WASHINGTON — With the Senate prepared to pass its draft of the annual defense authorization bill on Monday, military advocates are already looking ahead at what problem points will have to be worked out when the measure heads to conference committee later this month.
While congressional leaders have been optimistic that the conflicts in the two drafts won’t be as contentious as in years past, the differences still amount to a mammoth undertaking for staff charged with finding a reconciliation path between them.
Here are five of the most problematic differences, each of which could result in a significant obstacle in coming weeks to final adoption of the annual policy bill if negotiations go awry:
The Senate bill features language designed to help the undersecretary of defense for policy regain some of the power and responsibilities it has ceded to the Joint Staff in recent years.
The House bill would require the Defense Department to eliminate two support agencies that are part of the so-called “Fourth Estate,” review and restructure several more, and cut certain personnel by 25 percent.
Both are aimed at DoD reform, but neither has a direct analogue in the other bill, and that means lawmakers will have to horse-trade over what survives.
Military end strength
Both the White House and House draft of the authorization bill call for a boost in the services’ end strength of 15,600 more service members. But the Senate plan calls for only about half of that (8,600 troops), and redirects the savings to other equipment and training accounts.
Supporters of the larger number have said that more troops are needed to keep up with demands on each of the armed forces.
But Senate officials have expressed concerns that roles and missions for those extra individuals haven’t been clearly defined, which could mean adding millions in personnel costs in years to come.
Senate legislation to block the Trump administration from allowing the Chinese telecommunications conglomerate ZTE to resume business with American suppliers is expected to face opposition in the House.
Democrats fear House Republicans will look to strip the language, as the White House opposes the measure. House Armed Services Committee Chairman Mac Thornberry, R-Texas, has said he would oppose anything non-germane to the bill, if it threatens passage.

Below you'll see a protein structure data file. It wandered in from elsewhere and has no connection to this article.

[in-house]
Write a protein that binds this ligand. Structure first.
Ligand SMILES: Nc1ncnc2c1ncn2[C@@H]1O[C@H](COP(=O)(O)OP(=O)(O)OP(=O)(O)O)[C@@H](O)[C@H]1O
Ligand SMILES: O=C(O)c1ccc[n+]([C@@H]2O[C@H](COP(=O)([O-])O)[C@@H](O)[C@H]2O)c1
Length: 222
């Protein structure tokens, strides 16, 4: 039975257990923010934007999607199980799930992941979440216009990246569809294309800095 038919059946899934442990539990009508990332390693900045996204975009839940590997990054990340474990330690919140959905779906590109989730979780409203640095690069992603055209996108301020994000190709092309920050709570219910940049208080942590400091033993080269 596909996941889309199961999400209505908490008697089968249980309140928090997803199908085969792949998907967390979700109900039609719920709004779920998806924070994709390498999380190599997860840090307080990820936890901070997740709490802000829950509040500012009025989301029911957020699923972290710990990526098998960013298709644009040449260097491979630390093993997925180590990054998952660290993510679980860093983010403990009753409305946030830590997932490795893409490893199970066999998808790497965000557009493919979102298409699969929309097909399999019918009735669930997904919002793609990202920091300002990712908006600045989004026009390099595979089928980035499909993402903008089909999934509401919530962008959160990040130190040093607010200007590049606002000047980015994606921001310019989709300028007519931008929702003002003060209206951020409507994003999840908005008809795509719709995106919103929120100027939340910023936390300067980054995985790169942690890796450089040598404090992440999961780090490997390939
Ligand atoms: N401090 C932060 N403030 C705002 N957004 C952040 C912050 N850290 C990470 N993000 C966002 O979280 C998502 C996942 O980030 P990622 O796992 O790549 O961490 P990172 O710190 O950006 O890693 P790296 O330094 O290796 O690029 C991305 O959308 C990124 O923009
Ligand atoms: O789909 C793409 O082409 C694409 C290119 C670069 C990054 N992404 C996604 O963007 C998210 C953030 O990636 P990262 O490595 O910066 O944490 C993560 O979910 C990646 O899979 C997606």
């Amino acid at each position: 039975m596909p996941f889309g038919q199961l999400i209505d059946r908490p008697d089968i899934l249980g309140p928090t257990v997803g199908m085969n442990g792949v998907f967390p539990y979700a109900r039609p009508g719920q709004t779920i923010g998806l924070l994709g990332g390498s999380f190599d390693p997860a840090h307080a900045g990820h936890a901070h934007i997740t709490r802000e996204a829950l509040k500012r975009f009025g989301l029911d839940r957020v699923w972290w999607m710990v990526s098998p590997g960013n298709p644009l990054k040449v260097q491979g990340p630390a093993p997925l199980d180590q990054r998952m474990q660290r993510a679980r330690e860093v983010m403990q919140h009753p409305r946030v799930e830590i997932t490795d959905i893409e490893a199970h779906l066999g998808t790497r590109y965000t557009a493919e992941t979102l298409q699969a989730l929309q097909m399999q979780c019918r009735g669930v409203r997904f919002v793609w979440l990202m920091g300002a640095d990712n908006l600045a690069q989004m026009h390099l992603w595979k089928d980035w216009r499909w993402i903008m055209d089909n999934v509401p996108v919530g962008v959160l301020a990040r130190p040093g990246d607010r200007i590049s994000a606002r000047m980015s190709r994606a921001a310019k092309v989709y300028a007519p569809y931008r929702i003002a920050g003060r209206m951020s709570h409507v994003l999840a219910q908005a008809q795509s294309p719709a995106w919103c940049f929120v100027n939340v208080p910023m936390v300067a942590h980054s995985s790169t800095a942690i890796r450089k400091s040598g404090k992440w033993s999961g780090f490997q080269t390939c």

In April, Commerce Secretary Wilbur Ross banned ZTE from doing business in the United States for seven years after ZTE evaded sanctions on Iran and North Korea. But Ross announced earlier this month that ZTE would pay a fine of $1 billion and the U.S. would end a ban preventing the firm from buying American parts.
The Senate inserted an ambitious overhaul to officer promotion rules within its draft of the bill, including more flexible guidelines for individual services and doing away with strict timelines for advancement or forced separation.
But those provisions aren’t in the House draft at all. Lawmakers in that chamber have discussed the ideas in the past, but are awaiting Pentagon reports on the issue due later this year before taking any steps forward.
Senators have said they believe there has been enough research on the topic, and lawmakers need to act quickly to help the military better compete with private-sector recruiters. Finding a middle ground on the issue could prove tricky if individual senators push to keep the issue in the final draft.
The sage grouse elicits chuckles in the halls of Capitol Hill, but it has delayed and threatened to derail bicameral NDAA negotiations for several years running. It’s at the center of serious battle between energy and ranching interests on one side and conservationists on the other.
An amendment added to the House bill, from Rep. Rob Bishop, R-Utah, would prohibit listing the greater sage-grouse and the lesser prairie chicken as endangered species for 10 years — if it survives conference. Bishop, a HASC member, also serves as chairman of the House Natural Resources Committee.
Senate Armed Services Committee Chair John McCain, R-Ariz., SASC Ranking Member Jack Reed, D-R.I., and HASC Ranking Member Adam Smith, D-Wash., have in the past successfully fought to keep the issue out of the bill, while Thornberry has been beholden to House GOP leaders’ preference it stay in. But the new wrinkle is that the SASCs No. 2 Republican Jim Inhofe, of Oklahoma, is covering for McCain, and he has told reporters he believes the issue does belong in the NDAA.